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With over 70 percent of precincts reporting, Chicago voters overwhelmingly supported a ballot question calling for reforms to curb the influence of big money in our elections by empowering small donors.
“While some races - most likely including the mayoral - are headed for runoffs, Chicago voters spoke loud and clear on one issue: it’s time to get big money out of our elections,” said Illinois PIRG Director Abe Scarr.
“While this year’s midterm elections were the most expensive in history, they were funded by a smaller number of donors than the previous midterm. Here in Chicago, our research found that the overwhelming majority of money fueling the Mayoral race came from a relatively small number of donors contributing at levels the average Chicagoan simply can’t afford. Just two percent of contributions to all mayoral candidates came from donors chipping in $150 or less. The voters have spoken. Now it is up to our newly elected leaders to act.”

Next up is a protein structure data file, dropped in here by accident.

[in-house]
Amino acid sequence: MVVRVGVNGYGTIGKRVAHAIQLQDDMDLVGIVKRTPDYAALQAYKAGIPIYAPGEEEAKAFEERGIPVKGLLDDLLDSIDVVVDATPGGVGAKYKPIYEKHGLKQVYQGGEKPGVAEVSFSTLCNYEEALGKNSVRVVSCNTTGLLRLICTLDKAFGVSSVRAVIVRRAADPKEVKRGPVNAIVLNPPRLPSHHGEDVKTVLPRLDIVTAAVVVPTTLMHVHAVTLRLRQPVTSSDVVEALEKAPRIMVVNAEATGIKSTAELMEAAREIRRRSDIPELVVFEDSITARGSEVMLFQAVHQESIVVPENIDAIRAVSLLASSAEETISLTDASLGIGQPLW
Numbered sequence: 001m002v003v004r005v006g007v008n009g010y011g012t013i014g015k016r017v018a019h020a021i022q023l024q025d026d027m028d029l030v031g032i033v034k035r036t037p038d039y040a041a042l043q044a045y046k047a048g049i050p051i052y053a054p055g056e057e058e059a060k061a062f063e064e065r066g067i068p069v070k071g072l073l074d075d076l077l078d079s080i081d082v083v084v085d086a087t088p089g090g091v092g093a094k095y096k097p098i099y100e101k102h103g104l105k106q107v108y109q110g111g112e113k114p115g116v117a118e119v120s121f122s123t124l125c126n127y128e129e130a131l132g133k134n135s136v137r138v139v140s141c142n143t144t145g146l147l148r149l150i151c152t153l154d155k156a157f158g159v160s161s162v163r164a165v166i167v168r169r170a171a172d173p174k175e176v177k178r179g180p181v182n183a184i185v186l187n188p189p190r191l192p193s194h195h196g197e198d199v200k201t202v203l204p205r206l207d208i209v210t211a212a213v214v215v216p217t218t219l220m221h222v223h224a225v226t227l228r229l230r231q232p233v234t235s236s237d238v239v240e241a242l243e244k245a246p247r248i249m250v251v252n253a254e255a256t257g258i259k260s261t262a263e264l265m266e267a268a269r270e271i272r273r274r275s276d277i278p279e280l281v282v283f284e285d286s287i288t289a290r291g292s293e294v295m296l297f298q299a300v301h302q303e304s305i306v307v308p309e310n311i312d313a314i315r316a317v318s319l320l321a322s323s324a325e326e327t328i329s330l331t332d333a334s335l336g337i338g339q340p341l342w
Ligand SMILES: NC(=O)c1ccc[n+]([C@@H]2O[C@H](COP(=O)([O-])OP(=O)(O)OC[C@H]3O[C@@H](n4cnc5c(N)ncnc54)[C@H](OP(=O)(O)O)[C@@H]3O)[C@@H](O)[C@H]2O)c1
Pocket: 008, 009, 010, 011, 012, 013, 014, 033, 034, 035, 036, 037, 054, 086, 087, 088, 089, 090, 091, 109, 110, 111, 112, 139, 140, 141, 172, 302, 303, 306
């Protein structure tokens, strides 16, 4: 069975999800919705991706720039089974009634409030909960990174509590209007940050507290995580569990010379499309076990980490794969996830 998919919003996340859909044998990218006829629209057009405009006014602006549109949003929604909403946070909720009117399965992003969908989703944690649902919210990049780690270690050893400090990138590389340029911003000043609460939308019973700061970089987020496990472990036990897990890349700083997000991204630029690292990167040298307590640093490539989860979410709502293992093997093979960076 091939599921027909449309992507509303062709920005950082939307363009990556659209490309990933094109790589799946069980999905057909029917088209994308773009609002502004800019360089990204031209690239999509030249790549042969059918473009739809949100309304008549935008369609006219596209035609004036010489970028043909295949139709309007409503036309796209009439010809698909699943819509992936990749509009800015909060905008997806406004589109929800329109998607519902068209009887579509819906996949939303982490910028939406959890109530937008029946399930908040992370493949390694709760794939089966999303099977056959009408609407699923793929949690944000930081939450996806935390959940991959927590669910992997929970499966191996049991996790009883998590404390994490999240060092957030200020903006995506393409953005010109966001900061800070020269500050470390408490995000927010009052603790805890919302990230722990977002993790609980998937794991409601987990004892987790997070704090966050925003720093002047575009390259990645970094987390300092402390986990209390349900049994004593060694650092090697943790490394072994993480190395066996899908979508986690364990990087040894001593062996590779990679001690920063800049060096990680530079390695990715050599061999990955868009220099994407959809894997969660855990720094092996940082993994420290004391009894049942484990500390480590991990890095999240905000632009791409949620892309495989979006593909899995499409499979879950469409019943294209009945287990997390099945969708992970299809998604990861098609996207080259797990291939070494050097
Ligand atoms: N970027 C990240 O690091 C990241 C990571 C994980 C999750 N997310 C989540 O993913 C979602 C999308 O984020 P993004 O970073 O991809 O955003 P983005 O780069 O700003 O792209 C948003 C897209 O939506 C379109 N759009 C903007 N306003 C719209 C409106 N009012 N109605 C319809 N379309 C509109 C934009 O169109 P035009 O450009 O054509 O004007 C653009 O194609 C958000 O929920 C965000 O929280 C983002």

Programs to amplify the voices of small donors and incentivize candidates to fund their campaigns with small contributions raised from their own constituents are proven to work. New York City has a small donor empowerment program that matches small contributions up to $175 with limited public funds. In the 2013 New York City Council races, once matching funds were factored in, small donors were responsible for 61 percent of the participating candidates’ contributions. In the fall of 2014, lawmakers in Montgomery County, Maryland created a similar system.
“When campaigns are paid for by big donors, those are the voices candidates hear the loudest. Since most of us can’t afford to cut a thousand dollar check to candidates for elected office, we need to counter the outsized influence of mega-donors by amplifying the voices of small donors,” said U.S. PIRG Democracy Campaign Director Dan Smith.
“The results tonight add to the growing movement across the country to put ordinary Americans back in charge of our elections.”
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